Sunday, July 16, 2006

How Bush has weakened both the United States and the United Nations

I know Bush is counting on us all to forget this, but some of us remember all the way back to 2003, when one of Bush's claimed reasons for invading Iraq (without the approval of the U.N.) was that Iraq had supposedly violated U.N. resolutions, and we had to go in to enforce them. In other words, the U.N. is an important institution, its ability to pass resolutions and have them enforced is important, and if they're not man enough to do it themselves we'll do it for them.

The problem is that not only does Bush have no grasp of history (witness his reference to the fight against Muslim totalitarianism as a "crusade"), he has no sense of the future. Other countries, though, can remember as far back as three years ago, and they point out what had to be an unintended consequence of Bush's unilateral act.

This month Bush has had his panties in a twist over North Korea's testing of intercontinental ballistic missiles. (Fred Kaplan has a column here about why the result's of Kim's latest missile adventure was a good thing.) In fact, things are so bad that they were enough to even make Bush want to get the U.N. to take a stand. And they eventually did, sort of. It's just what they did before going along with what Bush wanted that is important:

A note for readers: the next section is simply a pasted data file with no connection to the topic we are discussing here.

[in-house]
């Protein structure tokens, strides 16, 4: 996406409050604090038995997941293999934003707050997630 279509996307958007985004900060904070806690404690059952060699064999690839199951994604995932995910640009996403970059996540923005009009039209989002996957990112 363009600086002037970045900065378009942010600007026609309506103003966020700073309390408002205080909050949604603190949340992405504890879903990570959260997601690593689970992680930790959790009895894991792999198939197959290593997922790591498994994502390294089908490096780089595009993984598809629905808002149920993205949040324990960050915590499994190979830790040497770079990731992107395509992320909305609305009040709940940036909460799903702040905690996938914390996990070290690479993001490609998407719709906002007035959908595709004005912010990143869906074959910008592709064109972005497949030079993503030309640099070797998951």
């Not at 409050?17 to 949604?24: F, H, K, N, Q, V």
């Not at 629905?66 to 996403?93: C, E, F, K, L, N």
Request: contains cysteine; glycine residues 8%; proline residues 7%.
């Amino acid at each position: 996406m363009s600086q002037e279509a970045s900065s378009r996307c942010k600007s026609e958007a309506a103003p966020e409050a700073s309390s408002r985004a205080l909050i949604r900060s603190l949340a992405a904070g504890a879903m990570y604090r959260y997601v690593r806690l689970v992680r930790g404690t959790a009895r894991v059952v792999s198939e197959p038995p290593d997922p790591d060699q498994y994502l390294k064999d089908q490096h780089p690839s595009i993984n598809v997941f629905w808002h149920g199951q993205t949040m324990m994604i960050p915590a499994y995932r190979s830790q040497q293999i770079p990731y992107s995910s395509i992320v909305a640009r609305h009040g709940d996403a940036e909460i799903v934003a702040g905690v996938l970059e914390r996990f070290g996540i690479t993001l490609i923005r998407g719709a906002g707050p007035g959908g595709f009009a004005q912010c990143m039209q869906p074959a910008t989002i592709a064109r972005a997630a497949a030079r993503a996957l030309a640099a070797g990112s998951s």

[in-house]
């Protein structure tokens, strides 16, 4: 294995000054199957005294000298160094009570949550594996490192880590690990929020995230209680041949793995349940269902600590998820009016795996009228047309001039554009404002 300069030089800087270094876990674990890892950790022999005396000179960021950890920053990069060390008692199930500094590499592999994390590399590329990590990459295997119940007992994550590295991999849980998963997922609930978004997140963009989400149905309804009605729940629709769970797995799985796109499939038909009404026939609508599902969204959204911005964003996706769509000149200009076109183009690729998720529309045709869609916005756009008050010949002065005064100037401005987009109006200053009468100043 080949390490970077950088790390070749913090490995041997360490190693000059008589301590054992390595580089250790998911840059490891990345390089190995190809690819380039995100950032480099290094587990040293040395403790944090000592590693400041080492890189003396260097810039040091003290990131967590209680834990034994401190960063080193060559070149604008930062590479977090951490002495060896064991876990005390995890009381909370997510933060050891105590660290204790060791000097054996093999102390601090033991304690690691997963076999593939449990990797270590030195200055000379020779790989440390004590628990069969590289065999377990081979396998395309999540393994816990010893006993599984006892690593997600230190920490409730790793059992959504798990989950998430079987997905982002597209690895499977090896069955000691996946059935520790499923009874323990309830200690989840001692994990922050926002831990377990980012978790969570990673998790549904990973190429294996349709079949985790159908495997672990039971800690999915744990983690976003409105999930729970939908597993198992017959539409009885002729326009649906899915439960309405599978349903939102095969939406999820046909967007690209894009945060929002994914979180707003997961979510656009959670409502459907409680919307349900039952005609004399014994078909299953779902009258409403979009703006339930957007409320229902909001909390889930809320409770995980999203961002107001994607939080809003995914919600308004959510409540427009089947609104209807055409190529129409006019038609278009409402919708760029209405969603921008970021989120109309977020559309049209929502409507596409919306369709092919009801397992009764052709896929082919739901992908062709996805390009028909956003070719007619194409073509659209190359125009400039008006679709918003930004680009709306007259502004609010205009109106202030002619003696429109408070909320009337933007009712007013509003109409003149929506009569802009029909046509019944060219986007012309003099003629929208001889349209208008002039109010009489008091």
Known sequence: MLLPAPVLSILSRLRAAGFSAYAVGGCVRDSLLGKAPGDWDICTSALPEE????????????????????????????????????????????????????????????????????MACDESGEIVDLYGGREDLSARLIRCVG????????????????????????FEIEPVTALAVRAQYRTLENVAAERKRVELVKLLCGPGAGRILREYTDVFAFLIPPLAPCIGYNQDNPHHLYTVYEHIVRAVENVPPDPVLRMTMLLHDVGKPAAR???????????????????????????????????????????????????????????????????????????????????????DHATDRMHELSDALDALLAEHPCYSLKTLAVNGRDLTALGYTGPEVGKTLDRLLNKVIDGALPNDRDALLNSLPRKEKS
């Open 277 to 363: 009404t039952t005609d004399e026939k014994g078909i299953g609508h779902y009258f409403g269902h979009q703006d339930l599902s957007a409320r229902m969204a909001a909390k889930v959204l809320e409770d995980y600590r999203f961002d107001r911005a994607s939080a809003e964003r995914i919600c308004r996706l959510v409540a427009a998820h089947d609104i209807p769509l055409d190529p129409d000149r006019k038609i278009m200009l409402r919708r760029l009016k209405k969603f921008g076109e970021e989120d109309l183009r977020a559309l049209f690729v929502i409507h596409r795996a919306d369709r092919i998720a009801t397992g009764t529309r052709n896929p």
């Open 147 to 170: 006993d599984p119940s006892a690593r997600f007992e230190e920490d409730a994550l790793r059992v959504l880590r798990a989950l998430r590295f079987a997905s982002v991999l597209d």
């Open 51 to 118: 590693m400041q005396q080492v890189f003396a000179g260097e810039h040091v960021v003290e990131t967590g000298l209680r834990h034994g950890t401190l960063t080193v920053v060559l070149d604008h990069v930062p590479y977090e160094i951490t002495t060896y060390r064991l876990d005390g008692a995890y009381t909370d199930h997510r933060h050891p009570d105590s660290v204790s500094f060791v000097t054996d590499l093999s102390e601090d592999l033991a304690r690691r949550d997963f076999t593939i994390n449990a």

China and Russia wanted no mention of Chapter VII for fear that it could be used to justify military strikes on North Korea. Opposition by both countries to the Chapter VII rubric has grown since the war in Iraq and what Beijing and Moscow see as the Bush administration’s resort to military means to remove governments it opposes. Wang Guangya, the Chinese ambassador, had repeatedly said he would cast his country’s veto if that reference remained.

I guess the moral here is that if you treat international institutions the way Bush has, simply a tool or an obstacle depending on your whim, when you need them to do something important they just might remember what you did last time, and you may not get what you want.

I just wonder how long it's going to be before Bush or one of his lackeys start saying that this resolution is sufficient authorization for unilateral U.S. action.

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